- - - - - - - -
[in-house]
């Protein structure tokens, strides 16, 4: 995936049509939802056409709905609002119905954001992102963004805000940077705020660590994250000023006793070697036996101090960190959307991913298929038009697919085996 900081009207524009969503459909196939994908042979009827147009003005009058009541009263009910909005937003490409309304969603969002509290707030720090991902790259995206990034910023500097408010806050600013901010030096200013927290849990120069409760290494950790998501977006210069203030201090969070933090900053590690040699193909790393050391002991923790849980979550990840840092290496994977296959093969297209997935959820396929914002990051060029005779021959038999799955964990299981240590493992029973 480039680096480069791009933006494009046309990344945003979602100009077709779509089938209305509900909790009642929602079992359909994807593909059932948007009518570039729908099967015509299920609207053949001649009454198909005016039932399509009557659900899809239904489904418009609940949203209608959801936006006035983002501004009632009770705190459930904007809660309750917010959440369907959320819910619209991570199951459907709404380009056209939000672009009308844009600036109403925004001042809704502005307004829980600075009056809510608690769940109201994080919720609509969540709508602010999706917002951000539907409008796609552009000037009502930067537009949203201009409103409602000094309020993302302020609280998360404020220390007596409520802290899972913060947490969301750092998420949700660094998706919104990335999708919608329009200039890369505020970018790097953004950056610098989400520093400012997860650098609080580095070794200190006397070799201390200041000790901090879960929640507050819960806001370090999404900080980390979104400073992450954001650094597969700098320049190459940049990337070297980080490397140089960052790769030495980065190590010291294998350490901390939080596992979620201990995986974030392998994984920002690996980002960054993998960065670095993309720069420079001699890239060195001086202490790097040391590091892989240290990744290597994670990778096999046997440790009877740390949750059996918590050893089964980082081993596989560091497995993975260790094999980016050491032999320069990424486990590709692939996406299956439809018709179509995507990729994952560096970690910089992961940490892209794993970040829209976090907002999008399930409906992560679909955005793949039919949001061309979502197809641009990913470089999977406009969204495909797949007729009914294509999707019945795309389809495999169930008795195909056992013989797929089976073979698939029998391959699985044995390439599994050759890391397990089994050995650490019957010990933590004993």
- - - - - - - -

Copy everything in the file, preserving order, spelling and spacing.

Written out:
[in-house]
């Protein structure tokens, strides 16, 4: 995936049509939802056409709905609002119905954001992102963004805000940077705020660590994250000023006793070697036996101090960190959307991913298929038009697919085996 900081009207524009969503459909196939994908042979009827147009003005009058009541009263009910909005937003490409309304969603969002509290707030720090991902790259995206990034910023500097408010806050600013901010030096200013927290849990120069409760290494950790998501977006210069203030201090969070933090900053590690040699193909790393050391002991923790849980979550990840840092290496994977296959093969297209997935959820396929914002990051060029005779021959038999799955964990299981240590493992029973 480039680096480069791009933006494009046309990344945003979602100009077709779509089938209305509900909790009642929602079992359909994807593909059932948007009518570039729908099967015509299920609207053949001649009454198909005016039932399509009557659900899809239904489904418009609940949203209608959801936006006035983002501004009632009770705190459930904007809660309750917010959440369907959320819910619209991570199951459907709404380009056209939000672009009308844009600036109403925004001042809704502005307004829980600075009056809510608690769940109201994080919720609509969540709508602010999706917002951000539907409008796609552009000037009502930067537009949203201009409103409602000094309020993302302020609280998360404020220390007596409520802290899972913060947490969301750092998420949700660094998706919104990335999708919608329009200039890369505020970018790097953004950056610098989400520093400012997860650098609080580095070794200190006397070799201390200041000790901090879960929640507050819960806001370090999404900080980390979104400073992450954001650094597969700098320049190459940049990337070297980080490397140089960052790769030495980065190590010291294998350490901390939080596992979620201990995986974030392998994984920002690996980002960054993998960065670095993309720069420079001699890239060195001086202490790097040391590091892989240290990744290597994670990778096999046997440790009877740390949750059996918590050893089964980082081993596989560091497995993975260790094999980016050491032999320069990424486990590709692939996406299956439809018709179509995507990729994952560096970690910089992961940490892209794993970040829209976090907002999008399930409906992560679909955005793949039919949001061309979502197809641009990913470089999977406009969204495909797949007729009914294509999707019945795309389809495999169930008795195909056992013989797929089976073979698939029998391959699985044995390439599994050759890391397990089994050995650490019957010990933590004993």